SAN DIEGO — On immigration, Donald Trump — who always tells people how smart he is — has been, well, not smart. Just because you’re passionate about a topic doesn’t mean you understand it. Trump should heed the old saying: “Better to remain silent and be thought a fool than to speak and to remove all doubt.”
Recently, when he set out to fix the one part of our immigration system that isn’t really broken — the process for admitting legal immigrants — Trump removed all doubt.
"We want immigrants coming in; we cherish the open door," Trump said on May 16. "But a big proportion of those immigrants must come in through merit and skill."
If you’re a Mexican-American columnist who writes about immigration, thick skin is a job requirement.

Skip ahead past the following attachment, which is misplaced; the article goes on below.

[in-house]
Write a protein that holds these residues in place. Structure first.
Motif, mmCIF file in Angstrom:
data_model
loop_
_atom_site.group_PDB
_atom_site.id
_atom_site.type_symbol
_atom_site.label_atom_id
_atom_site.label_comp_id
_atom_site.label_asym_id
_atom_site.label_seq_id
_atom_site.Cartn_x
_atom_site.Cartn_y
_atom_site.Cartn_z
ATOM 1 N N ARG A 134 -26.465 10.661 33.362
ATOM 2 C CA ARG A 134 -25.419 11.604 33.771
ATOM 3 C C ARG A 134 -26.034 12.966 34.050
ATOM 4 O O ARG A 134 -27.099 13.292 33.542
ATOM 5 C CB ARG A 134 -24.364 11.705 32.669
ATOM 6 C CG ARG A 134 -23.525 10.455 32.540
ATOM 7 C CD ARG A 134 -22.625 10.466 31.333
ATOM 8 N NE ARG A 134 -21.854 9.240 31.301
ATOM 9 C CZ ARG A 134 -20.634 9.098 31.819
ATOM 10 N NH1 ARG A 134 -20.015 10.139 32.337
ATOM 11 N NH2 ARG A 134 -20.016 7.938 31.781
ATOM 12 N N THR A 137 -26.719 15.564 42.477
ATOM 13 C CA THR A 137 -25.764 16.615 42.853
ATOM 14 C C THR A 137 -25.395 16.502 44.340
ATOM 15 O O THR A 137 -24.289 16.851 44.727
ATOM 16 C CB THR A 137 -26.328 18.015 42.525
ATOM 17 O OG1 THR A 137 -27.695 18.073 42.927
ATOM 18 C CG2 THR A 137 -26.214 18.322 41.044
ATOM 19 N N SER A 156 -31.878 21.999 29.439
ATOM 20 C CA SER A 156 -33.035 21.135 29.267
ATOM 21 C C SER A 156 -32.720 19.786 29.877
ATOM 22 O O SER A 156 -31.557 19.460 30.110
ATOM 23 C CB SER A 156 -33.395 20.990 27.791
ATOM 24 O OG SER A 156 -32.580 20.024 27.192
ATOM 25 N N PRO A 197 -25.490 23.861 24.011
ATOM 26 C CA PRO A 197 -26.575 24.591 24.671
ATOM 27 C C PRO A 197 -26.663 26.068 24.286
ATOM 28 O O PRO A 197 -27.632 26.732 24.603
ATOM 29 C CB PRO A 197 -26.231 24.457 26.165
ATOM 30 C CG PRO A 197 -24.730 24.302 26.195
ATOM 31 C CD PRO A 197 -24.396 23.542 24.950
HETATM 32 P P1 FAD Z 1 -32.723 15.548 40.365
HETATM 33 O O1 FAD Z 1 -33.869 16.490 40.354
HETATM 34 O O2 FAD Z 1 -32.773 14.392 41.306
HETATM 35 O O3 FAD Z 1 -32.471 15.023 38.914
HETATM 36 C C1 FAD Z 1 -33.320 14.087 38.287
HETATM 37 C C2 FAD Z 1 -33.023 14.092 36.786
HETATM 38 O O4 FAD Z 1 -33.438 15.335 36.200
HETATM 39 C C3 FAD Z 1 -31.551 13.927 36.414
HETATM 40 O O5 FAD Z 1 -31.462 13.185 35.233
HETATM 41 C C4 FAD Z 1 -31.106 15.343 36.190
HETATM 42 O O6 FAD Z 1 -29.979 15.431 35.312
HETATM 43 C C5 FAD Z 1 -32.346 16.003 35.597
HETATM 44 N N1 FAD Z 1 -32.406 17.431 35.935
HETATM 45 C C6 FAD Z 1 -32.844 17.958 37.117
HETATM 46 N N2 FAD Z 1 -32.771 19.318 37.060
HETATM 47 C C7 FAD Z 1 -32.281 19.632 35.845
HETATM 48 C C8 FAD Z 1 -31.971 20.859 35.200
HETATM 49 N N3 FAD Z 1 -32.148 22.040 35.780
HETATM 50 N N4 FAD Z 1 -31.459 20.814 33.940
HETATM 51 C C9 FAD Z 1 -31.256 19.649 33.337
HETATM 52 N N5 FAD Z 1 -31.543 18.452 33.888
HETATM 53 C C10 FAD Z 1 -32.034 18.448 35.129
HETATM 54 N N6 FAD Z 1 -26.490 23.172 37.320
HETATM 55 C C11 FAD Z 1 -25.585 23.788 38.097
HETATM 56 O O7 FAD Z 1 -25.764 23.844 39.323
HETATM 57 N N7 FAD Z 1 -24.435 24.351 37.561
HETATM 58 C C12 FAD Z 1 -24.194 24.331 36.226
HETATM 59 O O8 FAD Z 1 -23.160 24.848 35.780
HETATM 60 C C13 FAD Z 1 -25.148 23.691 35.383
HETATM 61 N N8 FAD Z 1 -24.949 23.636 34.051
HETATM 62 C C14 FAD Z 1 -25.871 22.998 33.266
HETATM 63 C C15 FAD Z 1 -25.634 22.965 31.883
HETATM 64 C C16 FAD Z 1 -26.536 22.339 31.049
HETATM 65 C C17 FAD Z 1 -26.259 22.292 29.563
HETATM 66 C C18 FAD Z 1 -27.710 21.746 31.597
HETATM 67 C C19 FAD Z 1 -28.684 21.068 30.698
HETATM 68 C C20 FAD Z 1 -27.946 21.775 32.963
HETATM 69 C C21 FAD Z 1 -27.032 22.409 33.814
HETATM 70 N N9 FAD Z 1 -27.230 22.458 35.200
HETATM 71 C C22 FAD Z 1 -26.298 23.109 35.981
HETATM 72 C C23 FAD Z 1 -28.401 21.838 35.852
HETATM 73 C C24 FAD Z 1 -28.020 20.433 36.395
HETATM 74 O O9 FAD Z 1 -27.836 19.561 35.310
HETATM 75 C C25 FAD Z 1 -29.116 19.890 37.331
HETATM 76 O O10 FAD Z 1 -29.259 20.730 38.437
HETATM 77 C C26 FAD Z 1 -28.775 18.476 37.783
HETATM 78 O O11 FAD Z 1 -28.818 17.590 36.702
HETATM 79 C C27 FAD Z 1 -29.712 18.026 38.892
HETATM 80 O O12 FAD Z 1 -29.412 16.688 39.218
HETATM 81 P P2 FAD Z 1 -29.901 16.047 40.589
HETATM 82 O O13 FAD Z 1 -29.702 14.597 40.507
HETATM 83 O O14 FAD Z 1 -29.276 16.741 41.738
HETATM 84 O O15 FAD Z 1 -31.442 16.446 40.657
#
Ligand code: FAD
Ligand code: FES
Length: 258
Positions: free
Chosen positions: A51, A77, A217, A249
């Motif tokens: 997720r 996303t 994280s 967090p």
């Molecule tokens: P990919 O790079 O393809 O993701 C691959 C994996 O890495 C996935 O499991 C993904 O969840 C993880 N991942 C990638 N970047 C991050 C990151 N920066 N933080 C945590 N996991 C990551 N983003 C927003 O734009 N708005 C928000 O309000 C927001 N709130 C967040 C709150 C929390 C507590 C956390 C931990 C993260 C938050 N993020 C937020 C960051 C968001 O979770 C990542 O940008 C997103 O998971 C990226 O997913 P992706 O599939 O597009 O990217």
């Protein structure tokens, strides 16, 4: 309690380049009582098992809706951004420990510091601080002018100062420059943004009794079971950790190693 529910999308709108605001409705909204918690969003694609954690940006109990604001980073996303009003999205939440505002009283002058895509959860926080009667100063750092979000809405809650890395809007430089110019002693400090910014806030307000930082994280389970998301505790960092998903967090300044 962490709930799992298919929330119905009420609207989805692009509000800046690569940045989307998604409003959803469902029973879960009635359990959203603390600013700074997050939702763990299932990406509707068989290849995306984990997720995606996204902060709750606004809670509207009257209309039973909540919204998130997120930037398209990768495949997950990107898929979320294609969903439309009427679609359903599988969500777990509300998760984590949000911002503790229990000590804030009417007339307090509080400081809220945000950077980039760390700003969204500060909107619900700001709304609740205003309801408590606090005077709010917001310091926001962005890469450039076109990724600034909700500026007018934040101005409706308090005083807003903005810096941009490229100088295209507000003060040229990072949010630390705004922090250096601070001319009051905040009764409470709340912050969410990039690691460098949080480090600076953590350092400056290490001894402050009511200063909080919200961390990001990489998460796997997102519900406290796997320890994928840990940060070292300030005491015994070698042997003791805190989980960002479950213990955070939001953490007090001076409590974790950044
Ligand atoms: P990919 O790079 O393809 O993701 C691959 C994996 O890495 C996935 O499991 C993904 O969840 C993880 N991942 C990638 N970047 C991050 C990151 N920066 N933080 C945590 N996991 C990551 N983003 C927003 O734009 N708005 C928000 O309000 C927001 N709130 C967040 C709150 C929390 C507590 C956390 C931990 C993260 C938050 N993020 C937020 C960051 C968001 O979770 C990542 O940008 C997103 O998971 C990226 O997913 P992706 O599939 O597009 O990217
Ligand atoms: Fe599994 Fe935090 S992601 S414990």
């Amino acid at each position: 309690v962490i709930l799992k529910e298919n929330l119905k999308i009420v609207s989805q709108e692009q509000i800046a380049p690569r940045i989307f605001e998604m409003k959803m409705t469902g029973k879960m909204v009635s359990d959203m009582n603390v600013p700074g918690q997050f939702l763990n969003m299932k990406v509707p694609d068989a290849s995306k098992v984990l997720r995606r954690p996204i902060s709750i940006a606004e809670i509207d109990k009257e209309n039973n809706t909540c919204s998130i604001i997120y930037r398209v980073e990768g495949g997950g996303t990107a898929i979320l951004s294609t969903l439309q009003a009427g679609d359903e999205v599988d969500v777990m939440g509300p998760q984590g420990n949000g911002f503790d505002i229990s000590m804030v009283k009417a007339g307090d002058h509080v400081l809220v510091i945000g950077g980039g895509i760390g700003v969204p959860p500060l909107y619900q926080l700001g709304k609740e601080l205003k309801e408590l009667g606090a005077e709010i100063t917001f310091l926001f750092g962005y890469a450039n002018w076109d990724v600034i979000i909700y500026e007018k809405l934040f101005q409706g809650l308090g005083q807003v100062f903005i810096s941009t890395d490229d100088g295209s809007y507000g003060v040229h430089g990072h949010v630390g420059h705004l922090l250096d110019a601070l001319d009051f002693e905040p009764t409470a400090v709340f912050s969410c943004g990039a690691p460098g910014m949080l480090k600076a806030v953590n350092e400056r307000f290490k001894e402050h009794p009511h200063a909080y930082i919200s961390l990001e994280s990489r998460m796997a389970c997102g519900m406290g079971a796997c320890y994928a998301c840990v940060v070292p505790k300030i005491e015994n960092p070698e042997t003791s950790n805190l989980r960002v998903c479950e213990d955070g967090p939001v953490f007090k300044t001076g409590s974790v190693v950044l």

A lot to be offended about
I don’t offend easily. Although Trump has given it his best shot since he entered the political arena and decided the way to get elected — and be popular with his base — was to snuggle up to bigots who fear that the United States is being overrun by Mexicans.
I bristled when Trump likened Mexican immigrants to criminals, including my grandfather who came to the United States as a boy during the Mexican Revolution. I didn’t like it when Trump glibly said that Mexico doesn’t send its “best” immigrants north. And I was disappointed when he suggested that a Mexican-American federal judge who was born in the United States couldn’t be objective because he was “Mexican.”
All those things pushed my buttons. Readers have long accused me of having divided loyalties. The general theme seems to be that I write "like a Mexican" when I need to write like an American. Just a few days ago, Thomas Folgert of Cambridge, New York, observed: “You’re one Mexican American who has what appears to be a primary loyalty to Mexico.”
Yet, oddly enough, I really didn’t get offended until Trump took aim at the “American” side by proposing an immigration plan that would be an affront to some of the greatest traditions of this country.